When we consider the Bible from a purely secular angle, it seems to be an ancient book like all such books which would never have been relevant to current debate if it was not a religious book (which takes centre stage in Judaeo-Christian religion with the Jews obviously only accepting the Tanakh which the Christians call Old Testament). This, however, reflects a preconceived dogmatic position, namely that the Biblical claim to be divinely inspired cannot in principle be true. As such, it goes against an honest and open search for the truth. The alternative is to at least consider the Biblical claim that it contains God's message to humankind.

This Biblical claim is grounded on the testimonies of people (prophets and other authors) whom believers regard as true and trustworthy. These people testified about their experience of God who revealed himself in various ways to them: through an angel, vivid dreams, his Spirit and through Jesus Christ, the son of God. Their testimony concerns a very long tradition of oracles going back to those given to Abraham, the most important forefather of Israel, as well as Moses, their most important law-giver, and many other such prophets as well as the events associated with those oracles. As such, the message of God is presented as belonging to a certain historical context which includes even miraculous events such as those preceding the exodus and many others [1]. The main claim is that all the testimonies included in the Bible are true because they were given with integrity (and are sanctioned by God who inspired the authors through his Spirit).

We read, for example, that St. Paul writes: "All Scripture is given by inspiration of God" (2 Tim. 3:16). Regarding the prophets, we read in 2 Peter 1:19-21: "no prophecy of Scripture came about by the prophet's own interpretation. For prophecy never had its origin in the will of man, but holy men spoke from God as they were carried along by the Holy Spirit". The important point is that these were "holy men" of God whose testimony is trustworthy because they would not lie (especially within the context of a holy God who abhors all lying and misleading testimony (see Rev. 21:8)).

Now, even in our day and age witness testimony forms an integral part of our justice system. When enquiring about the true nature of events the court values the "true and trustworthy" testimony of eyewitnesses very high - exactly the kind of testimony that the Bible claims to present! I discuss this aspect (i.e. using the justice system as the point of departure in evaluating Biblical truth) when I considered the Bible from an archaeological angle [2]. In any good justice system, the truth is determined by both witness testimony as well as scientific data. When the testimonies are true, they would not be in conflict with scientific data even though both need interpretation (which may lead to perceived inconsistencies which are purely due to the manner of interpretation).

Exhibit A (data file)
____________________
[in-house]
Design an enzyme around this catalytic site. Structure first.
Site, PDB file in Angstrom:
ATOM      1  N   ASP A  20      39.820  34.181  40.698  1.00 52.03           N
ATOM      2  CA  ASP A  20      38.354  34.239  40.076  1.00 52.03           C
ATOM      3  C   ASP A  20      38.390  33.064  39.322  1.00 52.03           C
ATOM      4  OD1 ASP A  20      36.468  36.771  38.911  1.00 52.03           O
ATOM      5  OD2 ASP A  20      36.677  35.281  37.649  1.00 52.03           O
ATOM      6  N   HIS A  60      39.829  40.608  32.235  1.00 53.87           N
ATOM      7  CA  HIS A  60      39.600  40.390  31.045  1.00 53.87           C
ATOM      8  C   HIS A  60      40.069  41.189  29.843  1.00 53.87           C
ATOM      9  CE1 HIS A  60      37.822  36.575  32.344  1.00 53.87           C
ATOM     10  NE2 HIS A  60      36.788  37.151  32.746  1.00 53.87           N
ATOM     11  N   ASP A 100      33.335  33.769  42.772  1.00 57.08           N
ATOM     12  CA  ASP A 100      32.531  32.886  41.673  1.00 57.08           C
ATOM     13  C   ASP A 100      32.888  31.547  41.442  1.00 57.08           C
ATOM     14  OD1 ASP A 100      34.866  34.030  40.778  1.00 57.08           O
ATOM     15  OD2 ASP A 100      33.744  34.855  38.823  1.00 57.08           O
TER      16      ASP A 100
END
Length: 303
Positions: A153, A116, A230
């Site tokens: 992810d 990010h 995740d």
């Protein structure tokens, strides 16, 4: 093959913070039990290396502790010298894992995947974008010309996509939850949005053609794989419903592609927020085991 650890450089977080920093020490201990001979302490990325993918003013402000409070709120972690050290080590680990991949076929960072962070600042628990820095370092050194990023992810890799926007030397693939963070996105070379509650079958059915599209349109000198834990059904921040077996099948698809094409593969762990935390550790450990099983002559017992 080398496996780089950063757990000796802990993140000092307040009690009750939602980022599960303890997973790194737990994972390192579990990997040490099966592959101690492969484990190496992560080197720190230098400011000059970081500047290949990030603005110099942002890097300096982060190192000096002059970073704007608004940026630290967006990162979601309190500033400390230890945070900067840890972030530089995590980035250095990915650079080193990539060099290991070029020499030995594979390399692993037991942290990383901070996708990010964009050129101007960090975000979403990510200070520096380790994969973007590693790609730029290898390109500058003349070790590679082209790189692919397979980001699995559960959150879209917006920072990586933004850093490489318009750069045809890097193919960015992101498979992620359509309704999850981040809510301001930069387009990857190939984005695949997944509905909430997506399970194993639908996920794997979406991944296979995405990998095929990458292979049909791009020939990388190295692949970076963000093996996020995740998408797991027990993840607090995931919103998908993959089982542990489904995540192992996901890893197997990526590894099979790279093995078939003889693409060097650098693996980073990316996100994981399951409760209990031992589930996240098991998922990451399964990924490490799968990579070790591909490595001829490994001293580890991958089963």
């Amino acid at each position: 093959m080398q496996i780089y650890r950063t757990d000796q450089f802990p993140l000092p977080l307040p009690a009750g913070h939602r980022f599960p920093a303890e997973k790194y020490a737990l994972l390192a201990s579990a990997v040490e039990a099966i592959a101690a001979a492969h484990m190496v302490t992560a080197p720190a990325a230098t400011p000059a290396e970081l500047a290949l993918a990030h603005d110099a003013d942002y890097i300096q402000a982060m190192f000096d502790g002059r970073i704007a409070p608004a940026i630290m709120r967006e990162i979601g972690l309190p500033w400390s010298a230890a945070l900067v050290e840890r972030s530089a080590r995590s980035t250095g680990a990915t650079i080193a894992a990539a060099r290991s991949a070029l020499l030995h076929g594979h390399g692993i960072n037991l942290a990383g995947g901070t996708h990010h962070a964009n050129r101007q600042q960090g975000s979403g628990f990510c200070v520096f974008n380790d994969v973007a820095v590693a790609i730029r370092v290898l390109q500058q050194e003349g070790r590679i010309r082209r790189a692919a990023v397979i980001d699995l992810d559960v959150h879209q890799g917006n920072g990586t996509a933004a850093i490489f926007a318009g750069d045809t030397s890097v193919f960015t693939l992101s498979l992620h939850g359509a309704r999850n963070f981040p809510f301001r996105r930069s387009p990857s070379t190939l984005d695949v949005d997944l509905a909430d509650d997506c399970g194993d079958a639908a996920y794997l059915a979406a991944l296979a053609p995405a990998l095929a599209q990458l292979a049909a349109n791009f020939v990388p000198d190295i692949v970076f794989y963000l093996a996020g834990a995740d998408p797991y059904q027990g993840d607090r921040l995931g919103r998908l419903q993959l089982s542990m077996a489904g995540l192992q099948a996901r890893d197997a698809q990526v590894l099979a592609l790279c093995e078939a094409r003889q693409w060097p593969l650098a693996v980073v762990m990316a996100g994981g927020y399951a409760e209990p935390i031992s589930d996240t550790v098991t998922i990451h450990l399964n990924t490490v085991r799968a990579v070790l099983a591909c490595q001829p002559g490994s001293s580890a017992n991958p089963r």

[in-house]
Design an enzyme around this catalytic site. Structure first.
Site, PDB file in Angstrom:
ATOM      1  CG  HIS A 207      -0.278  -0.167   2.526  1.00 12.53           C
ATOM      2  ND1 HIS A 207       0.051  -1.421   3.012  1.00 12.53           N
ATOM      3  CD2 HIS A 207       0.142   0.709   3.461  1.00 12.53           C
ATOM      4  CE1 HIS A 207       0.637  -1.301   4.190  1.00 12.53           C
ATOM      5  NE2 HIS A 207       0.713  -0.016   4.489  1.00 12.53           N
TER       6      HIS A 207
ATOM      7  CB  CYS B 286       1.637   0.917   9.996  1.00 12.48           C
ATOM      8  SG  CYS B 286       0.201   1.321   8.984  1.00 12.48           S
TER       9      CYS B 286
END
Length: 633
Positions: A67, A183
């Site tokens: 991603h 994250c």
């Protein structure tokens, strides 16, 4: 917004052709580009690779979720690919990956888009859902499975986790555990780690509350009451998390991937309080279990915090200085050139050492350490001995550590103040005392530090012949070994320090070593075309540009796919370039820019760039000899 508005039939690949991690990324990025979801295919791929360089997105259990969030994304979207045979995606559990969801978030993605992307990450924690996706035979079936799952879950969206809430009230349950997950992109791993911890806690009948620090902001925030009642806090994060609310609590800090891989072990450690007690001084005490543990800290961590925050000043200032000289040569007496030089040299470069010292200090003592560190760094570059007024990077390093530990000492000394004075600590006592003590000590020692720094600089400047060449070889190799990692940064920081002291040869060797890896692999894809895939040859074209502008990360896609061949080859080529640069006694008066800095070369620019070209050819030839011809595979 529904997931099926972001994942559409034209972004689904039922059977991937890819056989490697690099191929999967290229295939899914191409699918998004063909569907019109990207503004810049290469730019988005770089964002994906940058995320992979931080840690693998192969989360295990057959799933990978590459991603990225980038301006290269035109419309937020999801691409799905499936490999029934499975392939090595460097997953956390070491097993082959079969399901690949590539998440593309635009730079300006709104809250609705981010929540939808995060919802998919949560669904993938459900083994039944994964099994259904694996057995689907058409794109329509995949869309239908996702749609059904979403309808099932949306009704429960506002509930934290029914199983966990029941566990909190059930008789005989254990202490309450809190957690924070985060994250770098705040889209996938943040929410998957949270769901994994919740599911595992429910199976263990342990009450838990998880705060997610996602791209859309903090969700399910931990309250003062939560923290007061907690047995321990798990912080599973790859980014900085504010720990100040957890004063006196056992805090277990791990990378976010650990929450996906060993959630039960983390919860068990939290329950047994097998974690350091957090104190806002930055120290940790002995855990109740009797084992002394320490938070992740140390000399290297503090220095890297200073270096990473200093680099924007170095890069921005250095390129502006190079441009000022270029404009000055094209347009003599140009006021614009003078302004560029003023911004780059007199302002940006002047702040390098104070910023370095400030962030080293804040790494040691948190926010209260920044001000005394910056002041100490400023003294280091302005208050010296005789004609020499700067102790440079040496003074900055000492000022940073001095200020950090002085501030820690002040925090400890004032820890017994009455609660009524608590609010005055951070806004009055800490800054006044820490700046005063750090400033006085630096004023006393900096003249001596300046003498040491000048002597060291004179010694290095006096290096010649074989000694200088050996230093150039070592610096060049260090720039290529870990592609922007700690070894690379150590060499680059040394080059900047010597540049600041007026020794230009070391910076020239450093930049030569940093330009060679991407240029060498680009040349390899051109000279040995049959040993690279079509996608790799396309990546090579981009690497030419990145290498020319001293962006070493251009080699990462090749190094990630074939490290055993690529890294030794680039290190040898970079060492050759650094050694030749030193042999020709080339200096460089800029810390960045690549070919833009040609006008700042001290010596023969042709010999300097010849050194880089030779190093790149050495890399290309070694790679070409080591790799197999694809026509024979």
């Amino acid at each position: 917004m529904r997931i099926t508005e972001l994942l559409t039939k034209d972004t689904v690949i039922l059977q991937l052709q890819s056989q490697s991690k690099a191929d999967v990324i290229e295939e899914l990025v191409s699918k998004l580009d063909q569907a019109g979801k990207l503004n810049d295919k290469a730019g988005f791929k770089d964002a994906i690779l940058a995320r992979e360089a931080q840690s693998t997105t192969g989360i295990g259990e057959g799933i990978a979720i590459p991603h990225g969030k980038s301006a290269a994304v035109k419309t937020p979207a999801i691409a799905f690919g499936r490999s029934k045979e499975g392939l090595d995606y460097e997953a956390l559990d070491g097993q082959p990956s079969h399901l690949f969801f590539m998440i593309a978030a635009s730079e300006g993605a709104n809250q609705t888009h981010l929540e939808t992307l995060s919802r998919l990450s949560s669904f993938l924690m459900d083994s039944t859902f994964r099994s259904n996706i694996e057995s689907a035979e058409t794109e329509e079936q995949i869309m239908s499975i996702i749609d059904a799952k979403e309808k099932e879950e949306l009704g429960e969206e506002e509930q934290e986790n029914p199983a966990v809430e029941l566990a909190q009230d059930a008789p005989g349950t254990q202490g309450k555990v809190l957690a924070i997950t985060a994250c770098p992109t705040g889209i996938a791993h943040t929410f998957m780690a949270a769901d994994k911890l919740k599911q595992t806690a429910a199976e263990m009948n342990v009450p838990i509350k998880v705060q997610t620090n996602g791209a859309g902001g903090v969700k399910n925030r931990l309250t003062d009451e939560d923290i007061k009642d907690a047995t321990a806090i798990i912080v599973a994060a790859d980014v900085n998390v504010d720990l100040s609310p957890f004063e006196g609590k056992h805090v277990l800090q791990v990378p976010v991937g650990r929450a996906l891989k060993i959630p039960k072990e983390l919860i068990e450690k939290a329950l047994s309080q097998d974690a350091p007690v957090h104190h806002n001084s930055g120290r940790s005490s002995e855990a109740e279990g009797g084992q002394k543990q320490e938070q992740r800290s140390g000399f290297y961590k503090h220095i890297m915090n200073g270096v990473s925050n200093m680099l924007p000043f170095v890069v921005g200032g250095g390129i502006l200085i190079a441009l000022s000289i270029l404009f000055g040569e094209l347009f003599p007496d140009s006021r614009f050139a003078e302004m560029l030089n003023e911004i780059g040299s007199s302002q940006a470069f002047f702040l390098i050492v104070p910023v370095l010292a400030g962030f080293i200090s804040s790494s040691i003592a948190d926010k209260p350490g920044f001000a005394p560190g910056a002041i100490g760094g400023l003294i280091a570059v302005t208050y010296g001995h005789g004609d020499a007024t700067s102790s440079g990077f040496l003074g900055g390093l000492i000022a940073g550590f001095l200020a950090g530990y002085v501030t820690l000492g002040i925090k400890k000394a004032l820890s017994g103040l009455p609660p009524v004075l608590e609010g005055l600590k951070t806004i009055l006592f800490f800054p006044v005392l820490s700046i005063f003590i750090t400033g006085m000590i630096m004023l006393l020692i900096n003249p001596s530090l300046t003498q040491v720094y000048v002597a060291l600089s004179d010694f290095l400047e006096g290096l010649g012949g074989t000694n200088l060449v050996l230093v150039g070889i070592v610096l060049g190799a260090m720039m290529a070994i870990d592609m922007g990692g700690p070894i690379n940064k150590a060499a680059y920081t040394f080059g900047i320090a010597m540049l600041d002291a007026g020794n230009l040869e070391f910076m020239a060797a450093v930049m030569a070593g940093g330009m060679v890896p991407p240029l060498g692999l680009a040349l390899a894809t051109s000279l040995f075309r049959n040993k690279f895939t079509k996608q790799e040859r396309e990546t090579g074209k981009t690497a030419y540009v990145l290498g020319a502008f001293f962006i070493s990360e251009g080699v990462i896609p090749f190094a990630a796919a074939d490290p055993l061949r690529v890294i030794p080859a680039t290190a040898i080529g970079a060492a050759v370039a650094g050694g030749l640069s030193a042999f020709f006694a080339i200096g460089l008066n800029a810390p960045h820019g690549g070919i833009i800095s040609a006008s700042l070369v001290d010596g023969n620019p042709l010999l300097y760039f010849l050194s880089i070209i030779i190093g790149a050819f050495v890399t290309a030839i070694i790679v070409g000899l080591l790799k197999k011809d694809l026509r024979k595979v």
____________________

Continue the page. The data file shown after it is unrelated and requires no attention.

All witness testimony happens within a certain context which does not belong to a pure scientific setting. The same is true for the Biblical testimony. Although the context of the Biblical authors was very different from our own and they regarded the world in very different terms than us, it is difficult to see how that undermines the truth of their testimony when we take that context into consideration when interpreting the Biblical text. All eyewitnesses have some kind of belief system which may differ radically from each other (and which may to some extent influence their thinking) but that does not in itself disqualify their testimony as long it is truthfully given. This means that we cannot discard the Biblical testimony purely because it originated within the ancient prescientific age.

Even though the Biblical testimonies include pronunciations and mention events which go beyond what natural science allows (i.e. in the case of prophecy and miracles) one cannot merely reject them out of hand as untrue - if the God whom they served really exists then He could obviously have done such things. One may, however, think that those witnesses may have been mistaken because they took purely natural things in a supernatural way. And we do, in fact, find that God is sometimes said to have used natural means to accomplish supernatural things (for example, the wind is said to have opened the path before the Israelites when they crossed the sea during the exodus). But that does not necessarily negate the miraculous aspect thereof as witnessed by the people of that time. We would, however, have to take a closer look at the way in which they engaged with the world through observation to determine if their experience has validity even today.